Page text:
hymns of heaven and earth is a Centrediscs CD featuring three works by Halifax based Peter-Anthony Togni. I have limited experience with Togni. I thought his Responsio (reviewed for Opera Canada) was inspired but was less impressed with his Isis and Osiris – Gods of Egypt. Perhaps unsurprisingly I found the new CD most interesting when it leaned towards Togni’s liturgical/spiritual side and less so when he seemed to be teetering on the edge of pastiche. The title piece; a string quartet in four movements, is lyrical and rooted in the idea of “light”. It’s essentially tonal with minimalist elements; repeated figures etc, and a distinctly liturgical feel. I enjoyed it a lot and it gets a really good performance from Ilana Waniuk and Suhashini Arulanandam on violins, Rory McLeod on viola and Dobrochna Zubek on cello.
For Solstice Nights the strings are joined by Cary Ebil on cor anglais. The first part Dream of the Long Night is meditative and rather beautiful with the cor anglais adding a darker, haunting quality to the music. It also breaks away a bit from strict tonality with some slides in the strings. Midsummer Dance, the second part, is predictably brighter and more dance like. It’s an interesting and satisfying contrast..
The disk concludes with Three Neruda Odes, commissioned by soprano Stacie Dunlop who is supported here by the strings. They are fascinating poems. On the face of it they are quite whimsical; Ode to My Suit, Ode to a Large Tuna in the Market (shades of Grunthos the Flatulent there) and Ode to a Lemon. Yet, being Neruda, they pile layer on layer of symbolism and death is never very far away. Togni deals with this effectively, typically starting out quite brightly and then darkening the palette as the poet reveals his true meaning. I did think though that there was a bit of a whiff of music hall Spanishness in there that wasn’t necessary or helpful. The colours of the music are well brought out in Stacie’s singing which is also sensitive to text and captures the surprise twists and turns well.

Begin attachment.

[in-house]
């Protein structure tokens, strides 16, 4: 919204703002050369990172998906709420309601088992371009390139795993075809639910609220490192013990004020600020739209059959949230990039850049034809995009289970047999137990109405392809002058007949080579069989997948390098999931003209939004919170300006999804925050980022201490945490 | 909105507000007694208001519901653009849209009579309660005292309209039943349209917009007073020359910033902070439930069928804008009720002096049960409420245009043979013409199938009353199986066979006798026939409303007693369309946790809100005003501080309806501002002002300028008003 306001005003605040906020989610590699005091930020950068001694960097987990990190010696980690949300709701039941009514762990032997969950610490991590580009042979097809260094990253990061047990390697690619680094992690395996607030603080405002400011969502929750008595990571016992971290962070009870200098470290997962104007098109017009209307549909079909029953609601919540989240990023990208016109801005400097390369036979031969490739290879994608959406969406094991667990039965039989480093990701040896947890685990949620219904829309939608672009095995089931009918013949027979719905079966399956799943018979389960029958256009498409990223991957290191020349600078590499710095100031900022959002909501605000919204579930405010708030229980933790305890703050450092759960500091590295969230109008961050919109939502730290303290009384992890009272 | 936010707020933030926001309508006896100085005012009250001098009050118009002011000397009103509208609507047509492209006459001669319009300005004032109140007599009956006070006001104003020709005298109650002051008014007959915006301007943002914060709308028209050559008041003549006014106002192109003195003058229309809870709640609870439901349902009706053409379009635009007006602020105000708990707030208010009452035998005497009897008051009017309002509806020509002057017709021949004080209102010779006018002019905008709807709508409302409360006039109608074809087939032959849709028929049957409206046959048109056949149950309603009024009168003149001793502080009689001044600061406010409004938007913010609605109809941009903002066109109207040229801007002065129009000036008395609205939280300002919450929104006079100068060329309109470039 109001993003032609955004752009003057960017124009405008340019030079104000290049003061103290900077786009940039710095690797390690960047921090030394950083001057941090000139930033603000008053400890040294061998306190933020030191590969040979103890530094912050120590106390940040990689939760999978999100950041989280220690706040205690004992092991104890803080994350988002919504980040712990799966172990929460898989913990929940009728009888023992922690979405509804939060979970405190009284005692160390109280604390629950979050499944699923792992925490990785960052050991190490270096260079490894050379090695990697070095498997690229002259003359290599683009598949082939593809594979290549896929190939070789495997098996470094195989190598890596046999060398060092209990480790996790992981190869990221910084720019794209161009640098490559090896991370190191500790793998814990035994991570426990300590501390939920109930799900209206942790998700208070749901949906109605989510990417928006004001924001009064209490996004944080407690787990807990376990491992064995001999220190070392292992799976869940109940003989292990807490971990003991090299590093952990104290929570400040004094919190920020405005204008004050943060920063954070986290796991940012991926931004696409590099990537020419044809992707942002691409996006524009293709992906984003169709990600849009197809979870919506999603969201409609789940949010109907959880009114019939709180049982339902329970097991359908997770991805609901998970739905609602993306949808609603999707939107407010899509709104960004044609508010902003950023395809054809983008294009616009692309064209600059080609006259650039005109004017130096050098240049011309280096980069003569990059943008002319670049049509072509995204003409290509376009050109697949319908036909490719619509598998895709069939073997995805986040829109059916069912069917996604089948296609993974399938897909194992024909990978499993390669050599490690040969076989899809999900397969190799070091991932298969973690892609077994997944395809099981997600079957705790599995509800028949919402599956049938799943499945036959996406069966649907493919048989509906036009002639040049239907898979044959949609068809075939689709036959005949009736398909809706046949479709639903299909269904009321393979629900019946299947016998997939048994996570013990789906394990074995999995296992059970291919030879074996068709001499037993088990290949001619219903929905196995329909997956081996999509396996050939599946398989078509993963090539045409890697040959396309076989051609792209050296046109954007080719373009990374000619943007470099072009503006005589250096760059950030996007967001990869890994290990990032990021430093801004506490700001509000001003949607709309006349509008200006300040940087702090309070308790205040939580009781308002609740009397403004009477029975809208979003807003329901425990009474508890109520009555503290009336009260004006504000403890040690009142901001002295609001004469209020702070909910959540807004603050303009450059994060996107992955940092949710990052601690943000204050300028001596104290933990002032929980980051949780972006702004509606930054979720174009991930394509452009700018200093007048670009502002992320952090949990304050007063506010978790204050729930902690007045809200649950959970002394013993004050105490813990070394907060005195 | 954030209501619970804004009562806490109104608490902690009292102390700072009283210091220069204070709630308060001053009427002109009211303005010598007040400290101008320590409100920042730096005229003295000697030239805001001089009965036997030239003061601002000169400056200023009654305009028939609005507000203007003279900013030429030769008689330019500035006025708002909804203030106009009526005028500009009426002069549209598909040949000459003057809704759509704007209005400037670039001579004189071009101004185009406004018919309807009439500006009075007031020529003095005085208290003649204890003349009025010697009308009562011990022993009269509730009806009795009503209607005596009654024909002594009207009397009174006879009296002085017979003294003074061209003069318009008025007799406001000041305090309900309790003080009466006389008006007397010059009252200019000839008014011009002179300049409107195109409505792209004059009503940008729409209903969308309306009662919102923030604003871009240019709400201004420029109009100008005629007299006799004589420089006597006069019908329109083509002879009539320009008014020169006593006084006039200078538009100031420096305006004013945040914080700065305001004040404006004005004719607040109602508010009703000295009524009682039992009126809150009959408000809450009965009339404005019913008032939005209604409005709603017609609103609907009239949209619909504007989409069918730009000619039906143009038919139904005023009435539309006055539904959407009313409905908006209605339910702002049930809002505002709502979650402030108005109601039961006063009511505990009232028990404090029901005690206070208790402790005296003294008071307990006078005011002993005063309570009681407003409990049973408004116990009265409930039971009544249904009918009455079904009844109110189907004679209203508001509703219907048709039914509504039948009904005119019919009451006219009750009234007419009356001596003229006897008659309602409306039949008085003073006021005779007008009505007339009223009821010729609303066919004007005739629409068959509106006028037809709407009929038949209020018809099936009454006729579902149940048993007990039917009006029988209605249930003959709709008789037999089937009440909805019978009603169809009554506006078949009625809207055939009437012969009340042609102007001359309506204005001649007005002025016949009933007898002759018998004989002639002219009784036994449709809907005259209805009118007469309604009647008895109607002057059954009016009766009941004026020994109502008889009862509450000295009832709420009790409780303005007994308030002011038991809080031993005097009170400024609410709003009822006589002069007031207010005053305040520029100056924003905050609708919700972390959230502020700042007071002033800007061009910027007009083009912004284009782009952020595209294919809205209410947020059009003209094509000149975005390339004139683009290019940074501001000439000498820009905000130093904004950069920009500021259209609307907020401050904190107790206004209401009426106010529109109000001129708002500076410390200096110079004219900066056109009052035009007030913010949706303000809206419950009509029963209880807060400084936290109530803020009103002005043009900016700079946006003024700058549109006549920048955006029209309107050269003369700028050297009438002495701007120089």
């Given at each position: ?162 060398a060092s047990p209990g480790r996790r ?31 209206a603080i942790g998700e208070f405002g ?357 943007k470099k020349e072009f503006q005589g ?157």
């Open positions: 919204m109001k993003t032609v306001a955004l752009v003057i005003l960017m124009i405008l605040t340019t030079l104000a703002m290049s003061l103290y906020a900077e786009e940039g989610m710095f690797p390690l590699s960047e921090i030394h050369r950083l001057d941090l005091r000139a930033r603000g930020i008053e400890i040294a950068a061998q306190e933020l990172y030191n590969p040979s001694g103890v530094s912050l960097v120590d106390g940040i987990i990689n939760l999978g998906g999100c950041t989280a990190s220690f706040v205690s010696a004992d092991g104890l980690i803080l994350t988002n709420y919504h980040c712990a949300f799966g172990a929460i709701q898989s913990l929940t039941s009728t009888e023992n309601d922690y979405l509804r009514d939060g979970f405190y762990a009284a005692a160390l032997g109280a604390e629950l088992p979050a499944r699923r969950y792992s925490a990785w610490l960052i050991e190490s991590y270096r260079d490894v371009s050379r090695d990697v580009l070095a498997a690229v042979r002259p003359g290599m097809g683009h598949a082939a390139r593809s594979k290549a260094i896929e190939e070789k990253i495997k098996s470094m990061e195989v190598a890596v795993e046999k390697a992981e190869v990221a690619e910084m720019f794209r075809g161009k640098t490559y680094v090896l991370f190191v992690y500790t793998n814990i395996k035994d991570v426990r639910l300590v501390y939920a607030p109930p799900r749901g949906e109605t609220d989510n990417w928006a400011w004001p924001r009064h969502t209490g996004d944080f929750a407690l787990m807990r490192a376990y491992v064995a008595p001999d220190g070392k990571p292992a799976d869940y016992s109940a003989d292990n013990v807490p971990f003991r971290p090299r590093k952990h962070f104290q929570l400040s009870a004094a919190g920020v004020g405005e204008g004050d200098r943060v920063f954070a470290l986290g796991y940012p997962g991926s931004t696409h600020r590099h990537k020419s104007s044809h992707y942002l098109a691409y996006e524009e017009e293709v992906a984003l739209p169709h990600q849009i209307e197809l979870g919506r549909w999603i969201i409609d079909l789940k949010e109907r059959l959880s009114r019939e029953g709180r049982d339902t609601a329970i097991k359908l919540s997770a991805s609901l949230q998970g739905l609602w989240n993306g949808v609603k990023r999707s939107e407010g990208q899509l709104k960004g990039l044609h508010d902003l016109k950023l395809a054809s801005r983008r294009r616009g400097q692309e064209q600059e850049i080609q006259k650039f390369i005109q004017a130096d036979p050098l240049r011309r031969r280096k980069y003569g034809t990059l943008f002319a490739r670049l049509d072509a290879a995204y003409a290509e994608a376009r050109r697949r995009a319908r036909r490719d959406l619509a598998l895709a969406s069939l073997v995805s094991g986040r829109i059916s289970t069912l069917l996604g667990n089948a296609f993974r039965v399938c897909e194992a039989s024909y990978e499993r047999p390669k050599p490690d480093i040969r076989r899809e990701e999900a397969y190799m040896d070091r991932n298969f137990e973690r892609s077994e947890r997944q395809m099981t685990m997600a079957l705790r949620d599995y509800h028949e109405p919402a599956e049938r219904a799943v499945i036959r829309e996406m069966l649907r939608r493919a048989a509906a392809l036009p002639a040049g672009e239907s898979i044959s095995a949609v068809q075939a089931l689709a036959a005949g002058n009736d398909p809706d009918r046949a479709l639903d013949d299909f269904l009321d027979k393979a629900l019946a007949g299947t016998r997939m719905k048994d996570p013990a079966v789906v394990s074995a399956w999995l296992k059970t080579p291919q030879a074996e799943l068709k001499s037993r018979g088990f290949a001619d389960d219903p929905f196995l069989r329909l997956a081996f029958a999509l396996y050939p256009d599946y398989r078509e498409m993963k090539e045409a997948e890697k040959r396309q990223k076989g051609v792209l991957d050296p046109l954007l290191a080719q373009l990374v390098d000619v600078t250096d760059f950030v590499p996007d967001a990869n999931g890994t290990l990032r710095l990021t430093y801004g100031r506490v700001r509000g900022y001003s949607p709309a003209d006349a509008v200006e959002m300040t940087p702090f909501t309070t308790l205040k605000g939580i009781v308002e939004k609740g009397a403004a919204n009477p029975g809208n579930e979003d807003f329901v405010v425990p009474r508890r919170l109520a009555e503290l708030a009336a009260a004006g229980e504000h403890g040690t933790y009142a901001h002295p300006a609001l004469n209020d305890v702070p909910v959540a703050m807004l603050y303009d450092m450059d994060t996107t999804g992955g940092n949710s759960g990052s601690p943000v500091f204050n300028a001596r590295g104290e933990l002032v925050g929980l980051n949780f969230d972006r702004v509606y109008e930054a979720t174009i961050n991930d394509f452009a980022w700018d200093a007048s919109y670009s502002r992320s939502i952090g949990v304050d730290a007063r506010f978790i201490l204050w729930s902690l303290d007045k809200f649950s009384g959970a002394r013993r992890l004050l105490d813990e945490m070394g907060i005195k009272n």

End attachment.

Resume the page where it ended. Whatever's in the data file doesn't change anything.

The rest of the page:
The recording, made in the Glenn Gould Studio, is clear and detailed. The booklet contains composer’s notes, bios and texts and translations of the Neruda poems. All in all, quite an interesting , though hardly ground breaking disc. It’s at the more “traditional” end of Canadian academic composing and many people will see that as a plus.